Judging from the official profile of the candidate being sought to be the next chancellor of the University of Nebraska-Lincoln campus, the state will be spared turmoil like that which has blown up in Iowa.
Selection of Bruce Harreld, a former IBM executive who has no experience as a university administrator, as president of the University of Iowa resulted in a “no confidence” vote by the Iowa Faculty Senate, and a vote of support of the Iowa faculty by the faculty senate at UNL.
In contrast, the profile released earlier this month says that the ideal candidate for the UNL chancellor position would have “experience in and familiarity with the complexity of a major public research university.”
The profile was developed by NU president Hank Bounds with the help of the search firm Isaacson, Miller and input from the search committee and various stakeholders.
A smooth transition when current UNL chancellor Harvey Perlman steps down in June would help preserve the momentum toward improvement at UNL.
The opposite situation exists in Iowa. A survey by the American Association of University Professors showed that only 1.8 percent of faculty members believe that Harreld is qualified to be president.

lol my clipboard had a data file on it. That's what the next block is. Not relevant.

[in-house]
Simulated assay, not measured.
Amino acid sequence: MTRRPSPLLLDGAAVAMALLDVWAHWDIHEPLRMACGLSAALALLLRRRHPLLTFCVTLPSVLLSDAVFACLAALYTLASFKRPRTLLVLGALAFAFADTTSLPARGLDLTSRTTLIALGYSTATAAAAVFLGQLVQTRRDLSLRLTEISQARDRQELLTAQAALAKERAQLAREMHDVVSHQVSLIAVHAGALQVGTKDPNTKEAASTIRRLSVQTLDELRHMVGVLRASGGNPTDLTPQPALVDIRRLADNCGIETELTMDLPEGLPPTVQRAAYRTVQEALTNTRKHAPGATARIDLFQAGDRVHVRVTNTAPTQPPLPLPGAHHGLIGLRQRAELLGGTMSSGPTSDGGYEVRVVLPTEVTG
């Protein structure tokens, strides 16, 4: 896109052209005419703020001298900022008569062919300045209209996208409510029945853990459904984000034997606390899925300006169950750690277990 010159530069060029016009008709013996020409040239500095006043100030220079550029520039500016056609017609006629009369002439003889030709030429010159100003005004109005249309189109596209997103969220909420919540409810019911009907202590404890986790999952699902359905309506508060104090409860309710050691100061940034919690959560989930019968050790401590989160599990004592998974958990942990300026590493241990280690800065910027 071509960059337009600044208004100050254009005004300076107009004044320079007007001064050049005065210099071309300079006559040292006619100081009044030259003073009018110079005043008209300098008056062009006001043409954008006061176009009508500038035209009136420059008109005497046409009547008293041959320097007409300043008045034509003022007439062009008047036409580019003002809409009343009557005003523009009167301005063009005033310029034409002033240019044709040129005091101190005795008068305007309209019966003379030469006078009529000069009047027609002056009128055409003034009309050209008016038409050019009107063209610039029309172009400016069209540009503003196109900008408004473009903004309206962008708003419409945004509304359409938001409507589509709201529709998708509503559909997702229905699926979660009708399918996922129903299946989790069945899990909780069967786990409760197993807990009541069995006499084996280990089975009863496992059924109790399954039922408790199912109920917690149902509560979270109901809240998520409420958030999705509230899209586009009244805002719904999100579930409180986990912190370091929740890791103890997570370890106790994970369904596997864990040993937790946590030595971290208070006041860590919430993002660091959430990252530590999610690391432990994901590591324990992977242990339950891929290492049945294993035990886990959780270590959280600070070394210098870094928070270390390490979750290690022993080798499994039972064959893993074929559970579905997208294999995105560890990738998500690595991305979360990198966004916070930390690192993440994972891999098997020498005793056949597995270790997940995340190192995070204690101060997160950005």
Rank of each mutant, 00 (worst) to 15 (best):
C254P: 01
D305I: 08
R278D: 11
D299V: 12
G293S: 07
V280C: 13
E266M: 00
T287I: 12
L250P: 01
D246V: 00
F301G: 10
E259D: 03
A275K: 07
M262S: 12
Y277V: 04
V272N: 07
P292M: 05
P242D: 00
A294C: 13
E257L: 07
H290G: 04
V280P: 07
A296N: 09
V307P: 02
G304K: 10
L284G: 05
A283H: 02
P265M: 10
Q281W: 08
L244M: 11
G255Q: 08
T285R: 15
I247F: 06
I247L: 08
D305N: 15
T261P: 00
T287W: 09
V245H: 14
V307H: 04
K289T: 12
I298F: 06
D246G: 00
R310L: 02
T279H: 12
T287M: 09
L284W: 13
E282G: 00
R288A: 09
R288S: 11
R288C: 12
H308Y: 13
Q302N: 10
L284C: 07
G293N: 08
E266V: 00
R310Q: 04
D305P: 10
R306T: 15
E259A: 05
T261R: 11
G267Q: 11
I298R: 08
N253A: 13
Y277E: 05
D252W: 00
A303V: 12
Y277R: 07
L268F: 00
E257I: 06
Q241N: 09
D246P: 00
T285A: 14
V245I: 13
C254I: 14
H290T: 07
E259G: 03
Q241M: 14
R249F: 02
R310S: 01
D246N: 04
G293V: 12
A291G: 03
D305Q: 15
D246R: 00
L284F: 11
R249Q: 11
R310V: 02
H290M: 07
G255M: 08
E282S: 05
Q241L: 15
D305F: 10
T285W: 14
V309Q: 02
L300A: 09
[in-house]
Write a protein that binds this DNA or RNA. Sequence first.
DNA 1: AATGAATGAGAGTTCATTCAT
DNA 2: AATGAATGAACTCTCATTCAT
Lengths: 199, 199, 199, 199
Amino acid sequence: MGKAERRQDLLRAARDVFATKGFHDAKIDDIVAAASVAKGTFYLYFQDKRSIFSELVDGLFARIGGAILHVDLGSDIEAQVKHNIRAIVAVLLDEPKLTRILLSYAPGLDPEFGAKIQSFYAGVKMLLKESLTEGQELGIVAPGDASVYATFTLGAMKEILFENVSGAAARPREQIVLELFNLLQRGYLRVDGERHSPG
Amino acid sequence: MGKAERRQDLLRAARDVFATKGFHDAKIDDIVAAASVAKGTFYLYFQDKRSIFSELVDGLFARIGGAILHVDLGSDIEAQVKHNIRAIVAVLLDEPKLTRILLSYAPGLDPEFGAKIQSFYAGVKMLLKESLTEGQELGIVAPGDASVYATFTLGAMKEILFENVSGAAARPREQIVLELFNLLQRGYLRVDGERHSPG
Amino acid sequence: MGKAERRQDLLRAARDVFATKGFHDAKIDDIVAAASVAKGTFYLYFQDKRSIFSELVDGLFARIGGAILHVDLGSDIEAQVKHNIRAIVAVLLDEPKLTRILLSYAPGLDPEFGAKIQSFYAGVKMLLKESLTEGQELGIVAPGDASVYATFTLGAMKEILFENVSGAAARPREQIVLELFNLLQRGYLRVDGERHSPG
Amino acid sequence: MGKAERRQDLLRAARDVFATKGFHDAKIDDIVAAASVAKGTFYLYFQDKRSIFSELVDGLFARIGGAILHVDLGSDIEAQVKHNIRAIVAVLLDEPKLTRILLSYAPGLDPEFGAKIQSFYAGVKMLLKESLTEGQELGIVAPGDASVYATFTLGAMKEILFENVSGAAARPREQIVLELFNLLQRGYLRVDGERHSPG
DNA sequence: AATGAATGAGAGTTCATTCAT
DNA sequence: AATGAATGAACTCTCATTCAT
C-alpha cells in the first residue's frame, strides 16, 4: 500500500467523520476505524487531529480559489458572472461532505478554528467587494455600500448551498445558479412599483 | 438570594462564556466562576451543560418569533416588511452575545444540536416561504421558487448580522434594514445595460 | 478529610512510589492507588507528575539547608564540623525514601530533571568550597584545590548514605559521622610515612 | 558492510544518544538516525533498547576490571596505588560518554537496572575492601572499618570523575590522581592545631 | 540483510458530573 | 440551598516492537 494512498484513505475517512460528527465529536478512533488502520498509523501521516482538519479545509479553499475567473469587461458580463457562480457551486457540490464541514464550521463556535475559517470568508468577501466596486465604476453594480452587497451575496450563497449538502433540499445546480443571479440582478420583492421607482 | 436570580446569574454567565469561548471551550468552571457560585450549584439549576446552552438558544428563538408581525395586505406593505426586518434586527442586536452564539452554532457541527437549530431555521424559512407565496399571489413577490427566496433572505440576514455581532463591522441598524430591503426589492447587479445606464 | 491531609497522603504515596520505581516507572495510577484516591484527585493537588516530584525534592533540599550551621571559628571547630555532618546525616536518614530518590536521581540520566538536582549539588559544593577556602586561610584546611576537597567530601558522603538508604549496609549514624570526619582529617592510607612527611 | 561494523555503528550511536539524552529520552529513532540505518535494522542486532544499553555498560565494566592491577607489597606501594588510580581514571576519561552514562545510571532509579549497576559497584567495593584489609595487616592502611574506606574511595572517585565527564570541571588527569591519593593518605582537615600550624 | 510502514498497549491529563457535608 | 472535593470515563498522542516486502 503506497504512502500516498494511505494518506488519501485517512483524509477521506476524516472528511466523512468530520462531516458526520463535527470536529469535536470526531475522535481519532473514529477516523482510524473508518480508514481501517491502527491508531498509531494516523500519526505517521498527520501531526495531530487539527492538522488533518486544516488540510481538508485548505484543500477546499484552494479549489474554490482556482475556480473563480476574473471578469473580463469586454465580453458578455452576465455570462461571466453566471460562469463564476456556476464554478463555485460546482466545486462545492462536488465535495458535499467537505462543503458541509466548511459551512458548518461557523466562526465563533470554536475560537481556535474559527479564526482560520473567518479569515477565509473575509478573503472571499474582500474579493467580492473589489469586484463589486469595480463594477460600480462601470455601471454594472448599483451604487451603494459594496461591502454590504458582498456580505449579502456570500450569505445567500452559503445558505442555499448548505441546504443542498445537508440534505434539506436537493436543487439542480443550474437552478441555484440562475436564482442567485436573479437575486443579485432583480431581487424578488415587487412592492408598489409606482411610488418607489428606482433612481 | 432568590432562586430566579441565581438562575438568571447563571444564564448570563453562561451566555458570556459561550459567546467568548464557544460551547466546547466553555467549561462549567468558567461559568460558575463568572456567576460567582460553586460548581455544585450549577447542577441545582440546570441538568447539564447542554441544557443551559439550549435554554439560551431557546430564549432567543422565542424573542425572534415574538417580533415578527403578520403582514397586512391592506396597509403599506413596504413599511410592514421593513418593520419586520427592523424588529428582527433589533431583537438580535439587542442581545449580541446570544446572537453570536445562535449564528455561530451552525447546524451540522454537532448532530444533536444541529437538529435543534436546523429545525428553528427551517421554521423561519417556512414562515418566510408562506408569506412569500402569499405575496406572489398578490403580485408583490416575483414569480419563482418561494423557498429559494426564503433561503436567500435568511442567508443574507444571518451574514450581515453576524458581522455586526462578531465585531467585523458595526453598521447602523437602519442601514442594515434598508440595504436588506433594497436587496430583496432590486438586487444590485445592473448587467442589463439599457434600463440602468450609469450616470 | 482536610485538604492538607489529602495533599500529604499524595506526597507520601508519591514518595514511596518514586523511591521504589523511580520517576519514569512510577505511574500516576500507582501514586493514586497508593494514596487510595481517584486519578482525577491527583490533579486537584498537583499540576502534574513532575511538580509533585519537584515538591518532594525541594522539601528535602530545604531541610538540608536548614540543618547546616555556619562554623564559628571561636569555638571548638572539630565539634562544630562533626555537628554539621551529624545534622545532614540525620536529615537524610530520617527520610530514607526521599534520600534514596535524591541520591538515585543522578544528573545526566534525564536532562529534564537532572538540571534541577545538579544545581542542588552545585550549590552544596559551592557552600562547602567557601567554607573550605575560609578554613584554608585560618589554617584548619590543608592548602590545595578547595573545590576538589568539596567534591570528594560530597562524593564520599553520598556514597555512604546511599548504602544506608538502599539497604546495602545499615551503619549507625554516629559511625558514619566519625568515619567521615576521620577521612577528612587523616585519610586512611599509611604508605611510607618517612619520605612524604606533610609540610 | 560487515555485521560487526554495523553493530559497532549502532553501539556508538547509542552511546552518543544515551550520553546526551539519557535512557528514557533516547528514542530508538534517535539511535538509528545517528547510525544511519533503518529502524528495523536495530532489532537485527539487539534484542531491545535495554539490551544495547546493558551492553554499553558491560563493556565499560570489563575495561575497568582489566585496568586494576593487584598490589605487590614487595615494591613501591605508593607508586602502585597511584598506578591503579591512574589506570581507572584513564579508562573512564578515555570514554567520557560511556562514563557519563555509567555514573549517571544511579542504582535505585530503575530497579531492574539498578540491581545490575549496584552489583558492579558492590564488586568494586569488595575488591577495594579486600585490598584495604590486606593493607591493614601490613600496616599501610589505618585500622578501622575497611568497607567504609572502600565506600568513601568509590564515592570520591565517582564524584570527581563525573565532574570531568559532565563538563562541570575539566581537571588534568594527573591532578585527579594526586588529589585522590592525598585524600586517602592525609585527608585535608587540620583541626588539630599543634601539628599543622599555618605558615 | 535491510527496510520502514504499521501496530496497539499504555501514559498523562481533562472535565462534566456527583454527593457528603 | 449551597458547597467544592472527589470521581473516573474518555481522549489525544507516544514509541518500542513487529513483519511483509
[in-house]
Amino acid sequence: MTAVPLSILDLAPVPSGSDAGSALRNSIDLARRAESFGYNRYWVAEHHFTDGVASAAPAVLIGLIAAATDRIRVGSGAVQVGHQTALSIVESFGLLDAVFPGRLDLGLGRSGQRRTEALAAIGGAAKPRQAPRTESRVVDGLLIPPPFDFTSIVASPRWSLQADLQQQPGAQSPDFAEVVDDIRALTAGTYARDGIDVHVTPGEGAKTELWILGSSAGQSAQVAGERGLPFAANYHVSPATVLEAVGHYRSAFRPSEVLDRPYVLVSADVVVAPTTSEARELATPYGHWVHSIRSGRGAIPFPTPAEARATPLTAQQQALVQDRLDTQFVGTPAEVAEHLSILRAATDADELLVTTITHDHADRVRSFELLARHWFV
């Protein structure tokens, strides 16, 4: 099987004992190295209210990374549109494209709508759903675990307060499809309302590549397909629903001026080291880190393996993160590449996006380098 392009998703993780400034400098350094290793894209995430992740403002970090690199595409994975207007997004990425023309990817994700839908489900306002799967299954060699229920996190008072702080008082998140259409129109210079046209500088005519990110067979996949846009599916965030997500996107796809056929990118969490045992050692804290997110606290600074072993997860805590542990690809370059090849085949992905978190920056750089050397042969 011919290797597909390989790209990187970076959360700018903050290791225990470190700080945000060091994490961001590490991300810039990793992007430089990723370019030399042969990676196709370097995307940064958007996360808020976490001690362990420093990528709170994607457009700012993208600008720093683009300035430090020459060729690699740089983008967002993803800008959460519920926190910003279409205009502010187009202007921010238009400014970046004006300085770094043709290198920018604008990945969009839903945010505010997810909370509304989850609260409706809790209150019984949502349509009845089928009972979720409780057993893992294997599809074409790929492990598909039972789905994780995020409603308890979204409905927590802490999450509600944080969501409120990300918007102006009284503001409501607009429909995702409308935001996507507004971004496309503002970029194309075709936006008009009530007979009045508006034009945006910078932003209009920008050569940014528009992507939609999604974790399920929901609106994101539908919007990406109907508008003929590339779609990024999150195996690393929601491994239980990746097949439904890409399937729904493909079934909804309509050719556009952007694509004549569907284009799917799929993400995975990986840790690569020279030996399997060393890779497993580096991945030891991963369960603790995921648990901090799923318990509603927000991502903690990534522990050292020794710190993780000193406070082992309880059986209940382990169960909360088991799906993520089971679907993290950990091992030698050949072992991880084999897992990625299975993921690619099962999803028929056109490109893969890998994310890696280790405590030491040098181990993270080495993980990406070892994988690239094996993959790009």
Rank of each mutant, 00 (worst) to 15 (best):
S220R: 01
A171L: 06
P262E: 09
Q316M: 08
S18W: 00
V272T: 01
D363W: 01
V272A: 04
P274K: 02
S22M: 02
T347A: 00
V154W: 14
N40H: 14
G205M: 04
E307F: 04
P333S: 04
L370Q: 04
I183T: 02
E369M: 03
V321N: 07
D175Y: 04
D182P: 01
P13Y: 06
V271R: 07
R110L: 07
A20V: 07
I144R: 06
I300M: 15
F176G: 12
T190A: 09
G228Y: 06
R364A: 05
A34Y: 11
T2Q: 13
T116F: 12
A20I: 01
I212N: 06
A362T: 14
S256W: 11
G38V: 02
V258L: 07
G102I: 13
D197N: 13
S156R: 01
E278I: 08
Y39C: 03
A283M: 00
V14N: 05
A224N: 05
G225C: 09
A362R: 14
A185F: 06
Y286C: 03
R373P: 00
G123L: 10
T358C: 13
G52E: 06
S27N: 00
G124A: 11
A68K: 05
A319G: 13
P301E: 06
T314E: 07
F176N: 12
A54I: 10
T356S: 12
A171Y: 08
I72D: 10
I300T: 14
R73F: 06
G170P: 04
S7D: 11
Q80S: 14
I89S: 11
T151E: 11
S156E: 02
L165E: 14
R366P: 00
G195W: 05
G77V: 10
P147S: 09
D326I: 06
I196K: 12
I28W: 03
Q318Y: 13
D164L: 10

The lack of support will pose problems for any initiative that Harreld might want to implement. And the situation there already was less than ideal. Current President Sally Mason has served the past two years without a contract.
Other characteristics of the ideal candidate for the post of UNL chancellor include:
* An earned Ph.D. or other relevant terminal degree with credentials sufficient for appointment as a professor with tenure in an academic department at UNL, as well as teaching experience.
* Support for academic freedom and shared governance and a commitment to transparent decision-making, as well as a collaborative, consultative, and facilitative style.
* Tangible evidence of fostering diversity and inclusivity, affirmative action and equal opportunity for all students, faculty and staff.
To be sure, taken in their totality, profiles of the dream candidate for a position usually describe someone too perfect to actually walk on earth. But they are useful in a general sense.
We note that in addition to advanced degrees and a superb record of achievement in multiple areas, the UNL profile also specifies that the candidate should possess “a sense of humor and a deep sense of personal humility.”
Come to think of it, a few jokes along the way to selection of a UNL chancellor might be beneficial.
It certainly would be preferable to the acrimony and distrust that envelop the selection process in Iowa. So far, the selection process at UNL seems on track. The profile of the ideal candidate helps quell some worries.